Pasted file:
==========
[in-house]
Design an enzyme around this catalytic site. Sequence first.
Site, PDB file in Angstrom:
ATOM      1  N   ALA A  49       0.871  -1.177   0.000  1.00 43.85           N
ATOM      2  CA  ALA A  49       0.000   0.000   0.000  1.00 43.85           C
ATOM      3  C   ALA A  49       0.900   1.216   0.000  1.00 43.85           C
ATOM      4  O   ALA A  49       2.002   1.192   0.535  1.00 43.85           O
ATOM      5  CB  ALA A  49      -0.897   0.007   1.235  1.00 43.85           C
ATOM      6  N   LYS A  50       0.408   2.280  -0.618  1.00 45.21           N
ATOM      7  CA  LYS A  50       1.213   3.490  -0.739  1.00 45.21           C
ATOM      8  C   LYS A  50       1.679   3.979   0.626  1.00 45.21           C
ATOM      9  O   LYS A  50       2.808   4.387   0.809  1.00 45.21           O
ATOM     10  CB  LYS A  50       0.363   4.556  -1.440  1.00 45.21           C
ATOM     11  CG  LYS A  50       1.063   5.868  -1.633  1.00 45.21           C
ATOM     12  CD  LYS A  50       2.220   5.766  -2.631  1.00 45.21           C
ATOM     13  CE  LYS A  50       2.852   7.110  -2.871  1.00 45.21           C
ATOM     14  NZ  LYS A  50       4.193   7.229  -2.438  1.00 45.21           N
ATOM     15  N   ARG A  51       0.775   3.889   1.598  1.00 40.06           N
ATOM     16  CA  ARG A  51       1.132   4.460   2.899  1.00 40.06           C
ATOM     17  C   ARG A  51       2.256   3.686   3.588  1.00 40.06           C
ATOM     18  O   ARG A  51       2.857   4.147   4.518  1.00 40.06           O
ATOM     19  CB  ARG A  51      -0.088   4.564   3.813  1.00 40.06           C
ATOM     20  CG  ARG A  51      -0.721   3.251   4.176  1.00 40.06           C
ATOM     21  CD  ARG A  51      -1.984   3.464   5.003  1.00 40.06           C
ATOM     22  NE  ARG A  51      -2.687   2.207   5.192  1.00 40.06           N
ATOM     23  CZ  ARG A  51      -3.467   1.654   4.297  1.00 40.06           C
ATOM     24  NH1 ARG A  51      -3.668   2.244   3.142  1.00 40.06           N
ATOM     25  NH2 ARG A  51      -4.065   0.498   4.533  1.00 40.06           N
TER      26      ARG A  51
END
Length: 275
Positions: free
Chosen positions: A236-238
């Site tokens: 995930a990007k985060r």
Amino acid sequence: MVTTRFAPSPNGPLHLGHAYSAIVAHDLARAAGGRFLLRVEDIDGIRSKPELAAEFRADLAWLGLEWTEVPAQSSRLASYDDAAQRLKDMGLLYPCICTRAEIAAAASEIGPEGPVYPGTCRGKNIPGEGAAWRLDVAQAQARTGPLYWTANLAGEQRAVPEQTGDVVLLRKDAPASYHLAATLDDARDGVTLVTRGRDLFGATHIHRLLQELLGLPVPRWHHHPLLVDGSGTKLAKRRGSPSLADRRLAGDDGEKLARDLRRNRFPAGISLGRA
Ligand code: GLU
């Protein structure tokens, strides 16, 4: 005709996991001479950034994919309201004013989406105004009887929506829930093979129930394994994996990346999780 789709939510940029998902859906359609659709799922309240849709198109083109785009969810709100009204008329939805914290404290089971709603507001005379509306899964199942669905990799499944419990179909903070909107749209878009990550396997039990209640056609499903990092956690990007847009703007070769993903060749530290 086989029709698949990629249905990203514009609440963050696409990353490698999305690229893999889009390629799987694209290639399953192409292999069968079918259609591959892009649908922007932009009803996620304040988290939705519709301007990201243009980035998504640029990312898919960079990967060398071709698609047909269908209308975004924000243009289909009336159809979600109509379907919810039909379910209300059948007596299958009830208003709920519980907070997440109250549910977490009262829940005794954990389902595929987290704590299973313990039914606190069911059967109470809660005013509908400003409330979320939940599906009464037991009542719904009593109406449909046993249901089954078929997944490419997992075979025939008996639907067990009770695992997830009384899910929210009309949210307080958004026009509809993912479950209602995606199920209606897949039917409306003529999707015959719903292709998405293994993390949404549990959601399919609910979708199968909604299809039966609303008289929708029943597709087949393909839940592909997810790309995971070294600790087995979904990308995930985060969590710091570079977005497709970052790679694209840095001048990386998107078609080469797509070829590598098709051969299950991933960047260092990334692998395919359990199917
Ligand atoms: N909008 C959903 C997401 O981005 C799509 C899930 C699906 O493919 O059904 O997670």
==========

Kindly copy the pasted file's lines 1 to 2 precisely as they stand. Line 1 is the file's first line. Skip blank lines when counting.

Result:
[in-house]
Design an enzyme around this catalytic site. Sequence first.